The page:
Expats have a genuine grievance about Title Deeds. In the UK we have a have a legal framework that protects the buyer against fraud and corruption. Here in Cyprus you have legal framework that protects the corrupt and fraudulent practices of developers.

    I think I right in saying that the CPN platform/forum is mainly English speaking so I doubt if you will find many comments by the Russian/Norwegian/Swedish/Chinese community although you do get the odd input from them. I can assure you when they comment their input is much the same as an British expat.

    If you cannot see or understand why expats are NOT investing in property here, then you are short sighted.

    IF Title Deeds were available on purchase of a new property, they would be selling like hot cakes at today’s prices. The economy would be in a better shape than it is now.

  • Mike says:

    andyp – Point taken but generally I would suggest the majority of Cypriots own title to the land upon which they build their houses. Those, predominantly of the younger generation, who have sold their family land and then buy so called modern apartments/villa’s from developers will certainly suffer from the title deed debacle as you say. I can only conclude that they have ignored their peer’s advice and are prepared to take a chance on what they perceive to be a modern lifestyle. They will learn in time but then it will be too late as their ancestral land has gone and their modern box is a slum crumbling to bits. Sometimes we need harsh lessons to teach us.

  • Mike says:

    Alex – Agree totally with your analysis, comment and perception. Well said.

    My only issue is why do you drive the few metres from your home to the office, I assume it can only be a few metres as you stated you only see 3 cars ignoring a red light on the journey!

    I wonder, have you also noticed that it is only foreigners who acknowledge or thank you for letting them enter the flowing traffic. My compatriots just totally ignore your effort of holding up or slowing down the traffic behind you in order to permit them to join the flow of traffic they have probably been waiting ages to do. Perhaps it is considered a god given right and my parents forgot to tell me. A little tolerance and understanding on the roads would be a good thing I feel, but that might be asking a little too much for now. Perhaps when we finally accept we are a member of the European Union we can consider it.

  • andyp says:

    Alex. I think you will find with the current banking crisis that even the Cypriot population caught up in the title deed situation and developer mortgages are just waking up as to how important titles are.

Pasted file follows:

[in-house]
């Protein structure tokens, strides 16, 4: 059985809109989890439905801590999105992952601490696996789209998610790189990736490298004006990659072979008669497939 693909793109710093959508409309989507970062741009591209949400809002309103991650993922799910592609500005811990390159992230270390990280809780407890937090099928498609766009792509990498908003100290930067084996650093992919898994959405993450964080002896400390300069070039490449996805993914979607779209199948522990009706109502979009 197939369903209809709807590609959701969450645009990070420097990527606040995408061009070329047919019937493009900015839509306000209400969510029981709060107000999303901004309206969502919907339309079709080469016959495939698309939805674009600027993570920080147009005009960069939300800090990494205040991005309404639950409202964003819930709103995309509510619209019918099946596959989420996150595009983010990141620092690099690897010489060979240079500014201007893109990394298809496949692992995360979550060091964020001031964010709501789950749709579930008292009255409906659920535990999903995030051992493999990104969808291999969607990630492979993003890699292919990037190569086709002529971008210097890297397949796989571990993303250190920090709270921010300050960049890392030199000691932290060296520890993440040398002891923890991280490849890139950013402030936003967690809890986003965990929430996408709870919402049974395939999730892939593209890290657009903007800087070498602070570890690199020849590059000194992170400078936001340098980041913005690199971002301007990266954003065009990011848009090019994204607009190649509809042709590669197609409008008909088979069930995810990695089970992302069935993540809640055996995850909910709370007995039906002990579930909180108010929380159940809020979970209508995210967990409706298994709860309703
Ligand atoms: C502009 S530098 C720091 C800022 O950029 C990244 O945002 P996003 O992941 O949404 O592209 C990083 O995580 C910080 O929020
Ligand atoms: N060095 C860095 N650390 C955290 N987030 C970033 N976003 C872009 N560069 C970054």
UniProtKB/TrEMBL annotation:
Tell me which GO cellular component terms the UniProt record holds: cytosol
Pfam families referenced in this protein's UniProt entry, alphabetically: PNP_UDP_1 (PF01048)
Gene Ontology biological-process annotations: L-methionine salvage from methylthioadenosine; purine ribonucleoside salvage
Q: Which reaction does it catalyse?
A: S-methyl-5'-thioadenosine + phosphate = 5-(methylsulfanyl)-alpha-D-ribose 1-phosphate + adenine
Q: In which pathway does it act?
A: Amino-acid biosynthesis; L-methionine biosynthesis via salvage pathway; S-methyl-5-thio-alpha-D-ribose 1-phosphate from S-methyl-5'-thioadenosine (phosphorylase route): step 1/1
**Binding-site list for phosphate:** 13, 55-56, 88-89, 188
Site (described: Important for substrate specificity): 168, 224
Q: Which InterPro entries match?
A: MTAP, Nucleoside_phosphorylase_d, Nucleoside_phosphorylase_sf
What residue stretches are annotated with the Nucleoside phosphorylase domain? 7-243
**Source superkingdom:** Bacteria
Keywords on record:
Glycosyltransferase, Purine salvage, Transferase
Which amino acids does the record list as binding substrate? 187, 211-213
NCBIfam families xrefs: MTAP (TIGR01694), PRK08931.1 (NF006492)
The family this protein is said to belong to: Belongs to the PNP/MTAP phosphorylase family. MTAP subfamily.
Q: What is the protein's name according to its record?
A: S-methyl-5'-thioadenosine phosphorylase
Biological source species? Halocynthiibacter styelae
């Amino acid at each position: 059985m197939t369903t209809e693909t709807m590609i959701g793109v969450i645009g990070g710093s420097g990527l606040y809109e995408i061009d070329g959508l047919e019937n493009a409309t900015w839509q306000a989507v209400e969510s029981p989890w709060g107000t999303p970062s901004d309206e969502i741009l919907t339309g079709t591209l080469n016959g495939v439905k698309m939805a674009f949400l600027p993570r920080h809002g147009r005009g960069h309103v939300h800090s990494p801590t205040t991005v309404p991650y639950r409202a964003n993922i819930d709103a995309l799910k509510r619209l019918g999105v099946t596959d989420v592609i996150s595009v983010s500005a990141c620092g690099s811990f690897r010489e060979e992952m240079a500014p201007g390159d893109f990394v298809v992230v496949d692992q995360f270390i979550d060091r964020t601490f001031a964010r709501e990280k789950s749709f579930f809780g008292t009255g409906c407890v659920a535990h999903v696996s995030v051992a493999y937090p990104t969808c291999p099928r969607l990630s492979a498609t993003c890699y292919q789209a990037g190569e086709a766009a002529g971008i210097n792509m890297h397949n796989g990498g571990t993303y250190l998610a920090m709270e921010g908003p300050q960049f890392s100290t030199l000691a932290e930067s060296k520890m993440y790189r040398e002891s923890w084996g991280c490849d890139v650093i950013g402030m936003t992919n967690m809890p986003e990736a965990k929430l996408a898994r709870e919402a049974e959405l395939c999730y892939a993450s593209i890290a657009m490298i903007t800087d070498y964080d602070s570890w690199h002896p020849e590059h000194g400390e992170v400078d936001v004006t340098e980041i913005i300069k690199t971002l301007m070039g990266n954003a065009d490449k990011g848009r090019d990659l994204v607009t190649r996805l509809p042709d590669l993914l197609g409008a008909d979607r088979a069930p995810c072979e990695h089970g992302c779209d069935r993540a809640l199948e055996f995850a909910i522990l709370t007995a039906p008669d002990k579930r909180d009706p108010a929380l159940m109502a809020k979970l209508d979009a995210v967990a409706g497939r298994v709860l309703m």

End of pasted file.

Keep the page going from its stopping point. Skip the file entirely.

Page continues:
I seem to recall Nigel posting recently about the sale of a friends house and every Cypriot viewer asked if the vendor had deeds. They will also start to get concerned when the Banks come knocking! And they will.

  • Alex says:

    What we need is FAIR VALUE. And it is known perfectly well. By Land Registry. They know the price of every single property sold on the island, yet they refuse to publish it. Why? Because this would show the true picture, and it will be a scary one. What is the Cypriot attitude to scary news? Ignore it! (for the same reason you will hardly ever see in the local weather forecast temperatures over 38C. Even in the middle of August) This is psychology. I don’t say whether it is good or bad. This is just so, and we have to take it into account. Therefore even without precise figures from the CB we can make a correct prediction: if the increase in property prices is 5%, they will show 10%. If the decrease is 20%, they will show 10%. Conclusion: it is our observations that should be called official statistics, while figures of the CB is just that – anecdotal evidence.

  • Alex says:

    Title deeds is a concern peculiar to the British buyers. Concern peculiar to Cypriot buyers is “brand new”. So let us not overestimate certain aspects just because thy are important to us: foreigners are a minority among the buyers, therefore we need to concentrate on Cypriot predilections if we really want to understand the market. So, lack of title deeds is NOT a major factor of the current slump.

  • andyp says:

    I think there is a big difference between the two Nigel.